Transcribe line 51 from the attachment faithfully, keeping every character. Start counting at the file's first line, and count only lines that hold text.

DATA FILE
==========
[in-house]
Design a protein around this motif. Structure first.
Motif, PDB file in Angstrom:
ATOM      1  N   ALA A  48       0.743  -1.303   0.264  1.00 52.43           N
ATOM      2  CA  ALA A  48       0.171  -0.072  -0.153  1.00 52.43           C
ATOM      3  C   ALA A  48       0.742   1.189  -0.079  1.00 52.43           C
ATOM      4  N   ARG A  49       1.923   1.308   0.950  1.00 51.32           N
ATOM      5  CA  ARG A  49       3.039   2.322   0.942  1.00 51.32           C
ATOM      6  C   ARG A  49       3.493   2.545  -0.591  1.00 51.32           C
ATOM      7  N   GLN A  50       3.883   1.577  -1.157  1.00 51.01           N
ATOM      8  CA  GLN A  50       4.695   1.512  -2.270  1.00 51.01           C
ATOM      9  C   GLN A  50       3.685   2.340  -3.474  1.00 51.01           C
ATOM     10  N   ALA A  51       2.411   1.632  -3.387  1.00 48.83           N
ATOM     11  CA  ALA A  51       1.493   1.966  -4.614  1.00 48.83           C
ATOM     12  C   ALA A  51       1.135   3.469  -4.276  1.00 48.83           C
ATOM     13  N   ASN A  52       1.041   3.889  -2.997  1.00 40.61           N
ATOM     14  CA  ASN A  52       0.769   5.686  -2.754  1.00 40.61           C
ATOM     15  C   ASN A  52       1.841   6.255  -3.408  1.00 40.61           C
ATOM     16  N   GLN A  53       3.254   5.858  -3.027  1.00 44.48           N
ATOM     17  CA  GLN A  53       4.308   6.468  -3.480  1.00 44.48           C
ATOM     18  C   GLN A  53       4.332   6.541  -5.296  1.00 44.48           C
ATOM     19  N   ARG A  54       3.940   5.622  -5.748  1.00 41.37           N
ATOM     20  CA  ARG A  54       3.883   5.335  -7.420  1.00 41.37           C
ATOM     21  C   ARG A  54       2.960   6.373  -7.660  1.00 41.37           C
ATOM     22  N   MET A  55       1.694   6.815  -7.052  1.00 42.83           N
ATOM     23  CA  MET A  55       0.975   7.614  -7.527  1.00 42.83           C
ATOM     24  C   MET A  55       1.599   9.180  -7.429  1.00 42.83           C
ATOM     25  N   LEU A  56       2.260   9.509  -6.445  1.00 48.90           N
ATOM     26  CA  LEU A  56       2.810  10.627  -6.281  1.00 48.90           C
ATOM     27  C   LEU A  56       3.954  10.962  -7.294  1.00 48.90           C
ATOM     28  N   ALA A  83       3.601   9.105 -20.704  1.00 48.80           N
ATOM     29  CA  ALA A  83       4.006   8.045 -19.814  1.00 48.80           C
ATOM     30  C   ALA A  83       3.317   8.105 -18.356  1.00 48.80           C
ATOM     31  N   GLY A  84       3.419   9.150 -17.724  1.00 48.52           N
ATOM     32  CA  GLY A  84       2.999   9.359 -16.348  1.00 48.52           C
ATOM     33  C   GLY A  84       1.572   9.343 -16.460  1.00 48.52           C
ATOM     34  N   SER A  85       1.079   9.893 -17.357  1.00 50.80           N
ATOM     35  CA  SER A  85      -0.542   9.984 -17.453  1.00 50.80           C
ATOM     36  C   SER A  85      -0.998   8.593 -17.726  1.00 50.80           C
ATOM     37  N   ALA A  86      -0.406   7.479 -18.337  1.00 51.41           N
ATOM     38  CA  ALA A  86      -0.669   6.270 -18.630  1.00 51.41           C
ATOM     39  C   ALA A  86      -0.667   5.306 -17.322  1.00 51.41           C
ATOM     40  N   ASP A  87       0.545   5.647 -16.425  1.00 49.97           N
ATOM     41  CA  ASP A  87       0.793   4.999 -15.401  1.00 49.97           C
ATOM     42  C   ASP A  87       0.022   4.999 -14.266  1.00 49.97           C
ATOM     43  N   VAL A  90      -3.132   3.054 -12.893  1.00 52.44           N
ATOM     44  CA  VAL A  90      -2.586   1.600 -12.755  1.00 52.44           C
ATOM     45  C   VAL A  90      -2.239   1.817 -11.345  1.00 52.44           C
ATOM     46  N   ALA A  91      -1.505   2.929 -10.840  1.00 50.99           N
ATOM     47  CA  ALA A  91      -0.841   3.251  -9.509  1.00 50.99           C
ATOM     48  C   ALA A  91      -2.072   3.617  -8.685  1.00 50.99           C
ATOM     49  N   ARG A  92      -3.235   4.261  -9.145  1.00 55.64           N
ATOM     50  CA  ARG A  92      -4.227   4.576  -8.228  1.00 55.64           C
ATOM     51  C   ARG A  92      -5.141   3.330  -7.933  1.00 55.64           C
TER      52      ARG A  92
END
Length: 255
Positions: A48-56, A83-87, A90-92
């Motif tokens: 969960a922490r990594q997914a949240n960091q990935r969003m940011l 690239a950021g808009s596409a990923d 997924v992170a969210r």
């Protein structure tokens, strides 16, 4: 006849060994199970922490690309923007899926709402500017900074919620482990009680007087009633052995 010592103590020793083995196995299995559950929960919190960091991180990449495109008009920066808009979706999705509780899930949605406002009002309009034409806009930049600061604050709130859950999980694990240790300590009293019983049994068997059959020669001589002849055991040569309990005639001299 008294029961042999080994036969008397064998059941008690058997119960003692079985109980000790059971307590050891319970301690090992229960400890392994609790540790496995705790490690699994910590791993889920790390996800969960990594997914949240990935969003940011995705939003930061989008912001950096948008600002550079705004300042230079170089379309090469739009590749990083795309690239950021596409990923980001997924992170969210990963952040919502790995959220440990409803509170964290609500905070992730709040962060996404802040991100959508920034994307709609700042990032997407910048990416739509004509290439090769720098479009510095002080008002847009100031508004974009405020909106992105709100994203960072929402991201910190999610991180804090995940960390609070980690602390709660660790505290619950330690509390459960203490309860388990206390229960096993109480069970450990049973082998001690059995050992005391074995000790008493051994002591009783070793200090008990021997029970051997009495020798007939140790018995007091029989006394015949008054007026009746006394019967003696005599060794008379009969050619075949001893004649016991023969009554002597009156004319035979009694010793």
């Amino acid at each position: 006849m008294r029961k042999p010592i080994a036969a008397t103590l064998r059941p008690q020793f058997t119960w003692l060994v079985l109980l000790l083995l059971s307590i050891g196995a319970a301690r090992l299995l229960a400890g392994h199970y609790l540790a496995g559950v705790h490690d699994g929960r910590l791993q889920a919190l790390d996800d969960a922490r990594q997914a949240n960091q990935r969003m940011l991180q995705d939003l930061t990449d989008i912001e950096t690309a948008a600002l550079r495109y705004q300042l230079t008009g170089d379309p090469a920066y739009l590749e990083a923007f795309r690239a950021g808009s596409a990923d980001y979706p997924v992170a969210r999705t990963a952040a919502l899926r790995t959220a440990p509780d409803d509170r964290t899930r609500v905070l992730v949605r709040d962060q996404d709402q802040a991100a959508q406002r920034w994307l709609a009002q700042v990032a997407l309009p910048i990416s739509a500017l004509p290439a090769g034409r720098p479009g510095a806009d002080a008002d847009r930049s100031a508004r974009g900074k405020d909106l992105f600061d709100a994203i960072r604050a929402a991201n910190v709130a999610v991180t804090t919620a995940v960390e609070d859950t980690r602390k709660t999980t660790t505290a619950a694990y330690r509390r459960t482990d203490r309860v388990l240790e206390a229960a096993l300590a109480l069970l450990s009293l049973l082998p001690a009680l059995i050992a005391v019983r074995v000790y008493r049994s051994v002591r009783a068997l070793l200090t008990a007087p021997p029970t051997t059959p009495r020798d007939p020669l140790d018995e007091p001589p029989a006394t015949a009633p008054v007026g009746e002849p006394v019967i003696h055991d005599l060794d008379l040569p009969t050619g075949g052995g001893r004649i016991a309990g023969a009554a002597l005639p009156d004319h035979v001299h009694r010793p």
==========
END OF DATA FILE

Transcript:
ATOM     48  C   ALA A  91      -2.072   3.617  -8.685  1.00 50.99           C